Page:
Local Law 103 requires apartment building owners (Group R-2 buildings and occupancies) within a hurricane evacuation zone, as designated by Commissioner of the Office of Emergency Management (now New York City Emergency Management or NYCEM) to post a hurricane evacuation notice in a common area of the building. The notice is intended to inform building occupants of the current hurricane evacuation zone designation for the building and the means by which building residents can determine the closest hurricane evacuation centers, namely by calling 311 or viewing the online Hurricane Evacuation Zone finder operated by NYCEM. The law provides that “[s]uch notice shall be in such form as prescribed by the commissioner by rule and shall be posted within a common area of the building and such other locations as set forth in the rules.”

Fire Department rule 3 RCNY §401-06 sets forth emergency preparedness requirements for apartment buildings. The proposed rule would amend Section 401-06 to require the posting of the hurricane evacuation notice in a conspicuous location in the building lobby at street level, either near the main building entrance, in the mailbox area or by the elevators or main stairwell.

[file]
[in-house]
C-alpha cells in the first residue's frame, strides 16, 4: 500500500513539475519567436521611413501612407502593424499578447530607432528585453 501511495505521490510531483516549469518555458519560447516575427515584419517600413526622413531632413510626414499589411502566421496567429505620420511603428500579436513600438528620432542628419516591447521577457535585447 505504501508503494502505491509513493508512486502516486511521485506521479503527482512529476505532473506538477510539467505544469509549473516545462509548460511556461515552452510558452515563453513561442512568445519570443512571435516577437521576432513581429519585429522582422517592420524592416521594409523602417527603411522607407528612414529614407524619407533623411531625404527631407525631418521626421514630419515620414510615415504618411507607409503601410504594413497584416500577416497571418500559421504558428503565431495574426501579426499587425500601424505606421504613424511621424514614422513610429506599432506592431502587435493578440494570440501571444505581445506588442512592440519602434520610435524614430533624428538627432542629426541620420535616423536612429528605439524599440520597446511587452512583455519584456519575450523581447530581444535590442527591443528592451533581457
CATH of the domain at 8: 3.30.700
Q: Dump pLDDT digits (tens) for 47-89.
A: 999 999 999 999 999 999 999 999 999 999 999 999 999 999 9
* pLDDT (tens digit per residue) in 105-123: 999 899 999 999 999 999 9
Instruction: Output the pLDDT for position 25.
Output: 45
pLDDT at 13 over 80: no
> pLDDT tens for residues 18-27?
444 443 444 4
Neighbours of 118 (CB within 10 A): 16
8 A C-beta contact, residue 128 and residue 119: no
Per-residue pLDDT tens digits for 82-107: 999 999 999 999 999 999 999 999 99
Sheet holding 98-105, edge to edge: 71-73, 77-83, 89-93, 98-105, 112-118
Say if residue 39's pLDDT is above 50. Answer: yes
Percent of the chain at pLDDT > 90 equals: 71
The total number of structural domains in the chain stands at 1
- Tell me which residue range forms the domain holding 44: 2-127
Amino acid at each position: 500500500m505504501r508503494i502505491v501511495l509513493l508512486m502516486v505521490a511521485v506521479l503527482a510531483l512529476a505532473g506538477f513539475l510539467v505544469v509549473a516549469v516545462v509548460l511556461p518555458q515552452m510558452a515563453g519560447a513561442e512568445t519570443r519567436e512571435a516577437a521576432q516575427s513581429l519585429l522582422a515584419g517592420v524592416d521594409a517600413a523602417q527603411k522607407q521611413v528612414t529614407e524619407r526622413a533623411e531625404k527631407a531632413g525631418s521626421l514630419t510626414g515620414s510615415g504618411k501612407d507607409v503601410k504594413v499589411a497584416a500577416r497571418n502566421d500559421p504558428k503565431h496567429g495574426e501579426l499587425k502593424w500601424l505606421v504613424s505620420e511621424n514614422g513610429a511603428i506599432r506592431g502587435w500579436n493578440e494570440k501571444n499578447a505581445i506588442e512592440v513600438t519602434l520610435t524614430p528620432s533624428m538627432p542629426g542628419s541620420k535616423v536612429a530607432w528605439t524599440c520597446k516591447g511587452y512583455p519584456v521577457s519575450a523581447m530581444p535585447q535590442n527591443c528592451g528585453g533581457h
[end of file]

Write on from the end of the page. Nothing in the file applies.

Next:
The proposed rule prescribes that the notice take the form of the hurricane evacuation notice posted on NYCEM’s website and that it be affixed to the wall by adhesive or in a frame, displayed in an enclosed, locked bulletin board, or otherwise durably and securely posted.

Fire Safety Notices

Fire and emergency preparedness notices (entitled “Fire Safety Notices”) are required to be posted on the interior side of dwelling unit doors. The posting of this notice has been required for almost 20 years.

The Fire Department does not ordinarily inspect dwelling units and therefore does not have a means to enforce replacement of missing or damaged notices. When it has found missing or damaged notices, owners have maintained that the rule does not clearly require prompt replacement of the notices.